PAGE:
algorithm is able to better characterize land-cover-change.
The monitoring of short-term changes in structural characteristics of forests is important to understand mechanisms of vegetation loss that can be associated with deforestation, and illegal logging. These changes, however, should be differentiated from variations in vegetation activity due to interannual variability. Change detection based on thematic information is limited for this purpose because it depends highly on classification accuracies, and it does not allow a quantitative evaluation of biomass loss. The definition of bio-indicators associated with structural characteristics (such as, leaf area index, vegetation fraction) is at present, the only way to monitor such changes. We developed an evaluation system consisting of 4 bio-physical variables, estimated from visible red and near-infrared observations of the Enhanced Thematic Mapper, to monitor changes in forest biomass. The system is based in the application of algorithms to estimate leaf area index, the fractional vegetation cover, leaf vegetation index, and a sparse vegetation cover index, from radiometrically and atmospherically calibrated data. The algorithms were applied to individual scene images acquired during the dry season (April-May) to maximize the forest vegetation signal, and in order to identify areas of change due to changes in forest biomass rather than changes in understory vegetation conditions. The change detection analysis consisted in comparing pixel-by-pixel scenes of such variables, and the results indicated that changes in structural characteristics of forest can be monitored with Landsat-7, being leaf area index, and fractional vegetation cover the most significant in identifying changes along roadsides and population centers that indicate biomass extraction.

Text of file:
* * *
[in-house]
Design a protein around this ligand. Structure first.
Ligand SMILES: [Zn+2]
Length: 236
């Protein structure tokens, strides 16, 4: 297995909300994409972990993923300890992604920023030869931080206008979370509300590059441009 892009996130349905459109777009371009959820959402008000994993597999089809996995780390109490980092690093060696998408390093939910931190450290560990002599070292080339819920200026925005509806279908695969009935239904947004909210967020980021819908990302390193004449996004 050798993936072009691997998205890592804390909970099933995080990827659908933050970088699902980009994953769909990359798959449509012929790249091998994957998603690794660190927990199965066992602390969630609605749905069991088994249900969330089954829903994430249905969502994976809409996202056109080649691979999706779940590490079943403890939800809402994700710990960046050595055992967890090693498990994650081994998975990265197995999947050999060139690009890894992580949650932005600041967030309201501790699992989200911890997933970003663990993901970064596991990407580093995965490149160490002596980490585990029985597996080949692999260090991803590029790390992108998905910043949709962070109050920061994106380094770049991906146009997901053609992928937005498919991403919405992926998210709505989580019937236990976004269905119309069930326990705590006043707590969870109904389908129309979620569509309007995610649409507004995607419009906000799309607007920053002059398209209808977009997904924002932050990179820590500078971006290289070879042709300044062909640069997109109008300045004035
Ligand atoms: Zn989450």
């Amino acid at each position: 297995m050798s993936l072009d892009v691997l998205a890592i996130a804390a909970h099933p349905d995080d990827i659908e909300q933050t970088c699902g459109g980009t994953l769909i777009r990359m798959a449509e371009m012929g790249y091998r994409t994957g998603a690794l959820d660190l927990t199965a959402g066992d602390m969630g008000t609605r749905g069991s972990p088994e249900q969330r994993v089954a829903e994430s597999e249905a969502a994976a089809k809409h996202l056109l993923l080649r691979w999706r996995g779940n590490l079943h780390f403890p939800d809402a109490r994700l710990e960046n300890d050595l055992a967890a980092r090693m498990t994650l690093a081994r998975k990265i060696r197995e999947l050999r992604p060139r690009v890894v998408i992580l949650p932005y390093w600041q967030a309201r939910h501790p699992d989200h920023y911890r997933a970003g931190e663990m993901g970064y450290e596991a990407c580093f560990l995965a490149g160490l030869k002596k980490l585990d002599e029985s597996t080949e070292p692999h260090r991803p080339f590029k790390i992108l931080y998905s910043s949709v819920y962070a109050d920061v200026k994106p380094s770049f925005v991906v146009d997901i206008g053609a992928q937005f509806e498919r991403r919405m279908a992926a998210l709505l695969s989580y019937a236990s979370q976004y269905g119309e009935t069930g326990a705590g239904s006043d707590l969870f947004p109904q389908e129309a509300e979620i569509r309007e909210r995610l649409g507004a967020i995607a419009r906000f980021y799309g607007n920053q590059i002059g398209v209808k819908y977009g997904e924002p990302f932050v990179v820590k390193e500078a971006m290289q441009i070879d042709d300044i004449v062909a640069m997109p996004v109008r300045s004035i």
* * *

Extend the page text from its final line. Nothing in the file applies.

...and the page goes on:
Mapping and characterization of forest and vegetation are particularly challenging in urban areas. High resolution imagery is needed for mapping and characterization purposes, due to the areal extent of urban forests, parks and recreational areas. Fusion techniques of panchromatic (1m resolution) and multiband (4m resolution) IKONOS data were used for mapping and characterization of land covering characteristics of urban green areas, allowing the identification of parks, tree areas and fields with a minimal mapping unit of 160 m2. Techniques, that integrate the fine details of the input data into the fused image, are used. Experimental results for different image fusion methods (Laplacian, Gradient pyramids, Principal Component Analysis and Wavelet transform) are also demonstrated in order to improve spatial resolution. Classification of urban areas, mapped with fused data, results in higher accuracies than when using a multiband approach with 4 m data alone. Furthermore, high spatial resolution data permitted to obtain new areal extents of green areas of the city, giving a better estimate of international indicators for a suitable green areas policy. Vegetation indexes derived from red and near infrared data IKONOS are used to evaluate vegetation conditions, which, along with their distribution, location and urban context, resulted in better indicators of green areas.